Amortization derives from the capital cost of an intangible asset such as a permit or IFQ. Depreciation reflects a decline in usefulness (value) of a tangible asset that must eventually be replaced. In actuality, the annual deduction for depreciation of a tangible item reflects a budgeted allocation of capital for a future expenditure — the replacement of the tangible asset at the end of its useful life.

Unlike depreciation, there is no inherent loss in usefulness or value of an intangible asset over time. There is no inherent need to replace an intangible asset in the future, as is the case with a tangible one. The rights conferred are perpetual, though potentially volatile, in nature. The useful value of a limited entry permit or IFQ today, does not depend on how many years have passed since it was issued. The permit or IFQ is intangible and does not “wear out.” Consequently, no annual allocation of capital is necessary to preserve the asset and no deduction for the annual allocation of capital justified.

On that basis, the court held that Wyman “failed to prove that amortization reflects an ordinary and necessary cost of income” and ordered him to recalculate his income without the deduction. Wyman appeals.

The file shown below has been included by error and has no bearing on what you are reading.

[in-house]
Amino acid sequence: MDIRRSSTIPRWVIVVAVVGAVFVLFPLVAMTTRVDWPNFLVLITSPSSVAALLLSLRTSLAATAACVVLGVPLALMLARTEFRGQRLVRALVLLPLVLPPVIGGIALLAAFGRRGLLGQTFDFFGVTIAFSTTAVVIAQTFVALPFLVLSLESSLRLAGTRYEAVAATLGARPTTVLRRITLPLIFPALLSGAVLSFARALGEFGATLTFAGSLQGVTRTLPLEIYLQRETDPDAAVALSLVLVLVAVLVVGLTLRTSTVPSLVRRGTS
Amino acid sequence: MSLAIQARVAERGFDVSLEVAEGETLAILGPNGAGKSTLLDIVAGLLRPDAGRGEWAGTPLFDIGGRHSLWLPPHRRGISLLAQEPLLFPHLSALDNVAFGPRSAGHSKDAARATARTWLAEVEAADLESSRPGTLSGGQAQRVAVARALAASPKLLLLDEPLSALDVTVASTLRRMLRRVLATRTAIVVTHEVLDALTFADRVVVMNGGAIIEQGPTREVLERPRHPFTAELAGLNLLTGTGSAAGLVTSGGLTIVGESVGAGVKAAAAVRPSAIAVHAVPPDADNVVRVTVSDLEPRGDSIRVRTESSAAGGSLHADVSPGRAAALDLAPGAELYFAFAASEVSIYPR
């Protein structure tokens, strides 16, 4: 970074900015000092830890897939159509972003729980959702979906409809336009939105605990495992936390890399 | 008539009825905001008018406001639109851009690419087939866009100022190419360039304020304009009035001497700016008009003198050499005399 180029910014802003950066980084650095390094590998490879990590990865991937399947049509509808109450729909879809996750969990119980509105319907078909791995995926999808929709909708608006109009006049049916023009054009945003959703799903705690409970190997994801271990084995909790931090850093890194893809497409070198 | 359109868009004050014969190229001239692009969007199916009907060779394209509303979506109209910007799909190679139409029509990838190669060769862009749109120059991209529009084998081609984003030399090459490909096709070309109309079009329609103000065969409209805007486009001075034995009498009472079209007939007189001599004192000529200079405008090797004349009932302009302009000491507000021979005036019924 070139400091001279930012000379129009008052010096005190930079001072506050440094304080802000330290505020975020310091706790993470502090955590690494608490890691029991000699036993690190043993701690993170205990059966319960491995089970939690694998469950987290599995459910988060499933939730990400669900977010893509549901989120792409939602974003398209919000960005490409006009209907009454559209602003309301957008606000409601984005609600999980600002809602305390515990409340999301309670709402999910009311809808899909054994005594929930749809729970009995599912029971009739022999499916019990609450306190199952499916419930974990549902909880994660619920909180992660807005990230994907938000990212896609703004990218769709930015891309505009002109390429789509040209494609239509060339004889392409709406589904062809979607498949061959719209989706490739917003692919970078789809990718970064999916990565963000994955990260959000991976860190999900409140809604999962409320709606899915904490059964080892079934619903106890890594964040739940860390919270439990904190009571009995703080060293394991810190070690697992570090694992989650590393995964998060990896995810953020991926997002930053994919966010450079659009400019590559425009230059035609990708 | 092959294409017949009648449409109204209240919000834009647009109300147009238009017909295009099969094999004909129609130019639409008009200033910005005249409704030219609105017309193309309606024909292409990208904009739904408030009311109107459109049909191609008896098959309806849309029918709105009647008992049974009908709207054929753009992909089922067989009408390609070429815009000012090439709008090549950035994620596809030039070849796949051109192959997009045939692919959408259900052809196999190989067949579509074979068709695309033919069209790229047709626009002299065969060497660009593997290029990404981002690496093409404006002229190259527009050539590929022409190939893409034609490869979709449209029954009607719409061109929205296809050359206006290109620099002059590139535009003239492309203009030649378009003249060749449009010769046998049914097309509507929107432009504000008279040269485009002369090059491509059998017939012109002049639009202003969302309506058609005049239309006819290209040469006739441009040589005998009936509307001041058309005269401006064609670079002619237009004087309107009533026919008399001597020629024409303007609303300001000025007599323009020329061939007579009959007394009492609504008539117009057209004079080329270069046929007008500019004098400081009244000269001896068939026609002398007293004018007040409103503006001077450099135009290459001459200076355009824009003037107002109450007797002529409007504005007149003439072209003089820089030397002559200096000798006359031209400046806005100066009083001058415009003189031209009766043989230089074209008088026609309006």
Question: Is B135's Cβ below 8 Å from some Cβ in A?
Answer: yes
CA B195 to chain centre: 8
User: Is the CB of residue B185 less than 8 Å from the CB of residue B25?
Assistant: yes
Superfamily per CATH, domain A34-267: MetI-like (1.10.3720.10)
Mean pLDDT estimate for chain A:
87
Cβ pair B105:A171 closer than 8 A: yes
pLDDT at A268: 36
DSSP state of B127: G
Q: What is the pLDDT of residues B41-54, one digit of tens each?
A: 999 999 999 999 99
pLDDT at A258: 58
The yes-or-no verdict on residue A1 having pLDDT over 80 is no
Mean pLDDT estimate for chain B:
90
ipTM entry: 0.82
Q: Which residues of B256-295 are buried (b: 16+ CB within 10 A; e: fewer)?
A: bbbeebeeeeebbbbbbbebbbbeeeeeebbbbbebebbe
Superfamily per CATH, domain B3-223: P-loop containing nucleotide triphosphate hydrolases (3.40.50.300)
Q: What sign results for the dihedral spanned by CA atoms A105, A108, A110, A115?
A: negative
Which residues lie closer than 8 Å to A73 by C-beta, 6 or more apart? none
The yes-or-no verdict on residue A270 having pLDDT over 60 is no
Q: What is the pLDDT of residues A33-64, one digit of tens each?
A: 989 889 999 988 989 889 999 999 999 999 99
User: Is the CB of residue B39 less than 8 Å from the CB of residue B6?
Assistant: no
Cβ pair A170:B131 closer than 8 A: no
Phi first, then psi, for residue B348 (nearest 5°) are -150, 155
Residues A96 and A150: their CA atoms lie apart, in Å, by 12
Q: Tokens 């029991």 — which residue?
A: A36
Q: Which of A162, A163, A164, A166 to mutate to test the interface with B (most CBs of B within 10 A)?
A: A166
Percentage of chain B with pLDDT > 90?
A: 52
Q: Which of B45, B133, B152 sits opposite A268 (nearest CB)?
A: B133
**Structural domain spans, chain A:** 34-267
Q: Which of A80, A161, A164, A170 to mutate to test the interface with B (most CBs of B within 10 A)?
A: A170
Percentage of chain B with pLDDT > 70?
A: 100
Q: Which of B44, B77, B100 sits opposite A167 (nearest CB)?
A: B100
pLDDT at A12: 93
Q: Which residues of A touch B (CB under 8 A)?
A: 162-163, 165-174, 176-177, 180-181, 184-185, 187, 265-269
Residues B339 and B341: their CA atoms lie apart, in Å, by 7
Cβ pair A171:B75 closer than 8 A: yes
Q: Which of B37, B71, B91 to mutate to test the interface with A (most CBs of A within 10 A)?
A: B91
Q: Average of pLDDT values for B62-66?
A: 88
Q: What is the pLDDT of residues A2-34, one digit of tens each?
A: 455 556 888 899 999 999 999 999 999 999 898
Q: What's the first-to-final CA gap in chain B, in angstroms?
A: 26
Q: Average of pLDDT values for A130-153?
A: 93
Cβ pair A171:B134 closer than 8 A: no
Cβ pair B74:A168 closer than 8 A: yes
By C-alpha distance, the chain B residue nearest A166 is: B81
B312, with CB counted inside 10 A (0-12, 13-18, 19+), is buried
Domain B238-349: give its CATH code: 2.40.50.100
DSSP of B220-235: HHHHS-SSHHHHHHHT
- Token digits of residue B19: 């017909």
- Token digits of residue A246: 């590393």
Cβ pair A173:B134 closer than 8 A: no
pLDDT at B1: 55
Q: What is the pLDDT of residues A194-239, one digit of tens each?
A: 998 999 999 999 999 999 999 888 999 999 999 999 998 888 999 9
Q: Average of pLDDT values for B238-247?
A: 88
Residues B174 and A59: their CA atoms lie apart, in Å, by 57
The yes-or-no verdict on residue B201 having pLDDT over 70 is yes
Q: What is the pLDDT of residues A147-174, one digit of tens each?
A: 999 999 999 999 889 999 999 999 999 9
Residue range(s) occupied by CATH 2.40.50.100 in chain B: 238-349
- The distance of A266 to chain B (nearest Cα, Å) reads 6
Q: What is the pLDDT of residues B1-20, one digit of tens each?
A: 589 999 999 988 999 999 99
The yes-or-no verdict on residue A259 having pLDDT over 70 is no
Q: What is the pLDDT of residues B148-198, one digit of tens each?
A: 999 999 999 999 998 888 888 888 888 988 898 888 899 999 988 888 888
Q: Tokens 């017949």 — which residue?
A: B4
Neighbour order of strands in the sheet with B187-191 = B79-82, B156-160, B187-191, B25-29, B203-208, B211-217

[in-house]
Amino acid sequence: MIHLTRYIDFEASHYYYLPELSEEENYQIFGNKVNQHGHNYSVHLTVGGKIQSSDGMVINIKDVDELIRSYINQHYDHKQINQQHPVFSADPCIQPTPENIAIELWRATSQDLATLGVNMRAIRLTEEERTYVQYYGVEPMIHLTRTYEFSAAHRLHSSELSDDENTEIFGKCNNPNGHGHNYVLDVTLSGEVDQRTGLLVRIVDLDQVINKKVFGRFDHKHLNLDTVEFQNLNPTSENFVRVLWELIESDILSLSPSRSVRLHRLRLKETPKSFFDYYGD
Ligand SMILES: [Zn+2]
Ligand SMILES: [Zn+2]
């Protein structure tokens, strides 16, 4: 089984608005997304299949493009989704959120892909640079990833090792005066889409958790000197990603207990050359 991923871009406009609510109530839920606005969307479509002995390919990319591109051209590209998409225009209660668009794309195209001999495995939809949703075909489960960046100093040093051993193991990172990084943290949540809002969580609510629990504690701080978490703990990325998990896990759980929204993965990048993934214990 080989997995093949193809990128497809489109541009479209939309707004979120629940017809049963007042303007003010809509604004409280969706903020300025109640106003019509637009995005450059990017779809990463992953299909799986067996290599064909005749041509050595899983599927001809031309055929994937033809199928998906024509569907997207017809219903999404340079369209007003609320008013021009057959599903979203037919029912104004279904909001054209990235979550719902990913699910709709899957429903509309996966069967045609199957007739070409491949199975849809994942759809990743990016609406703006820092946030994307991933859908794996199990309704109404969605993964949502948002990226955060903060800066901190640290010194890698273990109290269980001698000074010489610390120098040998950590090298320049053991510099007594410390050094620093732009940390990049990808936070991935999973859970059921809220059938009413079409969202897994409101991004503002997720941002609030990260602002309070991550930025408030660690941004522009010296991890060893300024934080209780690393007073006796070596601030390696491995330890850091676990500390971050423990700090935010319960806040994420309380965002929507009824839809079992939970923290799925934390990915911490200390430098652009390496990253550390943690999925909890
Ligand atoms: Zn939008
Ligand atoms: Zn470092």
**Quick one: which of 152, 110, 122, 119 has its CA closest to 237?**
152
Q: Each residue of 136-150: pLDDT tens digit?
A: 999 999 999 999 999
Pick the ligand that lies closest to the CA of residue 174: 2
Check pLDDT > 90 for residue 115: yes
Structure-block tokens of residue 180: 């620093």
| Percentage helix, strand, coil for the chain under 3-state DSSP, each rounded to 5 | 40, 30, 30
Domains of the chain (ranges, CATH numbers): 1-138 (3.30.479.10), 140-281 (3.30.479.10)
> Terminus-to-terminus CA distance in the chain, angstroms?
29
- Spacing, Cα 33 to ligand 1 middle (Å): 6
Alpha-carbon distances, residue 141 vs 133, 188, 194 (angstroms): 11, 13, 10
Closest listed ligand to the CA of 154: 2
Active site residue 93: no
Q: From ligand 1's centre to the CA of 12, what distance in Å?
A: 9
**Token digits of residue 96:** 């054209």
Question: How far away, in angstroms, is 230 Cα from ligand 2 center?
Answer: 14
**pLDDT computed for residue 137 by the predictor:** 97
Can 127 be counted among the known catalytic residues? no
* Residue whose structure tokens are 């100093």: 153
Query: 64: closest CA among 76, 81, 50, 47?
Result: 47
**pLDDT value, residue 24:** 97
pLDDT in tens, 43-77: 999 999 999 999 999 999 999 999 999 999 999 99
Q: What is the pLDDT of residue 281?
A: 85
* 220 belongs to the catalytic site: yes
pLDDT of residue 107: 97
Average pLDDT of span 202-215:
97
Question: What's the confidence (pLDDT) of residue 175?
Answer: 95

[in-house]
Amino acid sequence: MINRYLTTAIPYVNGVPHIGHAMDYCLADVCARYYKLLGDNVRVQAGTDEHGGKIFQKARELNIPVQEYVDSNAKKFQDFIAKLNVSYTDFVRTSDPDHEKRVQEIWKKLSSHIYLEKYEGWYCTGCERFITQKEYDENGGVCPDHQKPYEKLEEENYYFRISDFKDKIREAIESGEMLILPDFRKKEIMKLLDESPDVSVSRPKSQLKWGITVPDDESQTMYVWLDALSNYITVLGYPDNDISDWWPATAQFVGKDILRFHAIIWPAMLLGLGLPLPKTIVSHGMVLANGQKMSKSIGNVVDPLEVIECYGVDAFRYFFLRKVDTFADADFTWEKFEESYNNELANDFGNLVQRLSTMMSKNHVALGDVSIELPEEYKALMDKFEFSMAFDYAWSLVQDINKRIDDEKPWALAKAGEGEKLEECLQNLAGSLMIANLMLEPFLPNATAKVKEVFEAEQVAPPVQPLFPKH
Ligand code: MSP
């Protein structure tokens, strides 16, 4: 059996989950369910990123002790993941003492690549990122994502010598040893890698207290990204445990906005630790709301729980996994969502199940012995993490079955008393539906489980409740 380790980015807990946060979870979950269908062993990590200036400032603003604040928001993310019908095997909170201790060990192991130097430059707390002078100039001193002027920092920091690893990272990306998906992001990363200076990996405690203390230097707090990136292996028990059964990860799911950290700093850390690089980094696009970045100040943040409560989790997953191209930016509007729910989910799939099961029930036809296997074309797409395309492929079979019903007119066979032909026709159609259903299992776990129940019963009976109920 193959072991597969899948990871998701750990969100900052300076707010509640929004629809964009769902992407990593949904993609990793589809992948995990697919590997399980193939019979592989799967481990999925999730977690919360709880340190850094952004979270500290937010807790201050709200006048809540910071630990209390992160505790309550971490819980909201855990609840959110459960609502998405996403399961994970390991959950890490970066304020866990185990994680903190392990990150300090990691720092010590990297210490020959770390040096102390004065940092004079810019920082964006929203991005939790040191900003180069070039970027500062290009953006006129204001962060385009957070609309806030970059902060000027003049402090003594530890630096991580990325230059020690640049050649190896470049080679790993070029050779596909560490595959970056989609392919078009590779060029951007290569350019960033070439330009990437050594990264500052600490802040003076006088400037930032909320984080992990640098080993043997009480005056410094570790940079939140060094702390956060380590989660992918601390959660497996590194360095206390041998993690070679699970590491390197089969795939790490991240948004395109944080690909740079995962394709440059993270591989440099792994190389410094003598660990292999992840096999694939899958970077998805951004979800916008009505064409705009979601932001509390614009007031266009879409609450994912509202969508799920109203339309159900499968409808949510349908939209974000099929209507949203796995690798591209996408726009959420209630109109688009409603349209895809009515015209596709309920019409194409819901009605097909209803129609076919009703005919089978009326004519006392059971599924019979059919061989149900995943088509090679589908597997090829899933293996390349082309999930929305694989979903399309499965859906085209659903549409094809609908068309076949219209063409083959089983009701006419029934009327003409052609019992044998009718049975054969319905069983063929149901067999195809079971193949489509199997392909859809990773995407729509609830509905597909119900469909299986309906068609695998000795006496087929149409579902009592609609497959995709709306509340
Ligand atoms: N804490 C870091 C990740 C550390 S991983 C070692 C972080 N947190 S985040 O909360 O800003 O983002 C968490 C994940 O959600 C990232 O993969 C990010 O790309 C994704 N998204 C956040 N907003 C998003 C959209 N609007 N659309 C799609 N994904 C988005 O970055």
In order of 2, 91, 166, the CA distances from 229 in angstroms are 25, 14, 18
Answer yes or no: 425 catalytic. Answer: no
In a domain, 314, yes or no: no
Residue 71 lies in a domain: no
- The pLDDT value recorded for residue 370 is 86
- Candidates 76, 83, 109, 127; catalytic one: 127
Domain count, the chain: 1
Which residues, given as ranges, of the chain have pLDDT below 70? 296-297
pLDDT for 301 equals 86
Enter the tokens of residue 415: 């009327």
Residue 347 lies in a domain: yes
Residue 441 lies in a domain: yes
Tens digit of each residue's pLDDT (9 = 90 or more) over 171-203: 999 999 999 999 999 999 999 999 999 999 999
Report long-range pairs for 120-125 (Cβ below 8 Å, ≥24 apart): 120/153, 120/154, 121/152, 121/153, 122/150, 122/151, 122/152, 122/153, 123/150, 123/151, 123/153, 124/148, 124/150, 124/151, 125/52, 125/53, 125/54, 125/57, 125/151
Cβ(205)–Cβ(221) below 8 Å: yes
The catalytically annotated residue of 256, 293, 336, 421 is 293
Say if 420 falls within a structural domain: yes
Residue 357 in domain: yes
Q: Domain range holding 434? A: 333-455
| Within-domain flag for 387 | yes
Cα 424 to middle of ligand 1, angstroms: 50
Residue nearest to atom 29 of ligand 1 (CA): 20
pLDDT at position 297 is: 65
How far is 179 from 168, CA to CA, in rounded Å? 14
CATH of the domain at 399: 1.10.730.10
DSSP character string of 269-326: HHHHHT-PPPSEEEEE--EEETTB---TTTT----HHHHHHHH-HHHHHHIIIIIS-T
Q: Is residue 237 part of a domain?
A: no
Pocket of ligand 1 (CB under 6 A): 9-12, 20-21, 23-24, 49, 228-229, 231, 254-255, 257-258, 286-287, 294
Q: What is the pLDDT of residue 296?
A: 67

III. STANDARD OF REVIEW

“The proper method of calculating child support is a question of law, which we review de novo, adopting the rule of law that is most persuasive in light of precedent, reason, and policy.”3 “Whether the superior court applied the correct legal standard to its child support determination is a question of law that we review de novo.”4 “[I]nterpretation of the civil rules presents a question of law that we review de novo.”5 “We review the superior court's factual findings regarding a party's income for purposes of calculating child support for clear error.”6 A finding is clearly erroneous when our review of the entire record leaves us with a definite and firm conviction that a mistake has been made.7

IV. DISCUSSION

A. The Parties Do Not Contest The Superior Court's Finding That Fishing Permits And Quota Shares Are Perpetual Assets.